The troubles that beset the arts, though perhaps less amenable to diagnosis than those besetting the political and social order, may be thought relevant to the whole question of civilization. And their particular phenomena often seem to be melded with the attitudes one finds in those other fields.
Changes in art and cultural history have never been easy to assimilate to political or economic changes. But perhaps we have enough evidence to show that particular sub-ideologies, combined with or supported by a bureaucratic upsurge, have caused, or been associated with, what appear to be downhill trends. Different generations naturally engender different styles. No harm in that. Still, it can be argued that some fashions in the field are less troublesome than others.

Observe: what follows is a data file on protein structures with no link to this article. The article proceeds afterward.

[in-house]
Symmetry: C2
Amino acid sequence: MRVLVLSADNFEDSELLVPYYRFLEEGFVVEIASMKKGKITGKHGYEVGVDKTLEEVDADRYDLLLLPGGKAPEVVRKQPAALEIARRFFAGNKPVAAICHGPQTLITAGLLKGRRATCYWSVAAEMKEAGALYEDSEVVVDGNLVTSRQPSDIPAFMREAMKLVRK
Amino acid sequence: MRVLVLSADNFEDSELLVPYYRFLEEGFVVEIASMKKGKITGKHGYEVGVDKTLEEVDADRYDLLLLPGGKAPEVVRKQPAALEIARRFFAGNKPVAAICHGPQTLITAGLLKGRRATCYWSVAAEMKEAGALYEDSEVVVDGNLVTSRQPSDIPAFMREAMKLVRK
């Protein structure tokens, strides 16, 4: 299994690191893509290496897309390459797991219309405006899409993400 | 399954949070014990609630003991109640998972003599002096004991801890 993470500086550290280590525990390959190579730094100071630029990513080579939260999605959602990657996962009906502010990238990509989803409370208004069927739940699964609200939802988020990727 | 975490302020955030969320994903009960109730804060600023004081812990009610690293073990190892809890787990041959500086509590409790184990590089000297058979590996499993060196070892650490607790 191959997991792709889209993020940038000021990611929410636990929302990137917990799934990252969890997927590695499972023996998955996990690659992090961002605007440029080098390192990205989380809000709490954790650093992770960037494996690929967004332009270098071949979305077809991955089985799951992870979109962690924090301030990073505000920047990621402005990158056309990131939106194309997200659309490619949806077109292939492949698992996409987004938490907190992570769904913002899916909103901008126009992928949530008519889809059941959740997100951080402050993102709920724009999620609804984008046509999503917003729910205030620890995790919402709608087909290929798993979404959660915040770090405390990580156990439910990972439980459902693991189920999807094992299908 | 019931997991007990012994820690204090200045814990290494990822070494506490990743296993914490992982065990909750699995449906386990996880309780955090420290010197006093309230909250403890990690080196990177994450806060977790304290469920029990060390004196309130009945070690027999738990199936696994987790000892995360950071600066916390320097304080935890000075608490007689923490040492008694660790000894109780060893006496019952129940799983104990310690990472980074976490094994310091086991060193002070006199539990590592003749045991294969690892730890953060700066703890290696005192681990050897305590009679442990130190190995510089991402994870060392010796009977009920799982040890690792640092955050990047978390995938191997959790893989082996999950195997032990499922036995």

In an analysis of this sort, one cannot exclude subjectivity. (And Wordsworth warned us against the "hope of reasoning [one] into approbation"). When a writer finds spokesmen of a new generation not susceptible to his or others' earlier work, several notions may occur to him. First, that tastes change. Francis T. Palgrave wrote, editing the second Golden Treasury, "nothing, it need scarcely to be said, is harder than to form an estimate, even remotely accurate, of one's own contemporary poets." So, to judge art and culture is indeed, in part, to make a more subjective assessment of the aesthetics, which is of taste. And if one asserts that a current trend or current trends are negative, one is, of course, open to the retort that, in various epochs, changes of taste have emerged deplored by the representatives of earlier trends but later seen as having their own value. True, but it is equally true that some striking and popular new art has soon proved no more than a regrettable and temporary fad -- as with the once universally acclaimed Ossian or the German poet Friedrich Klopstock.
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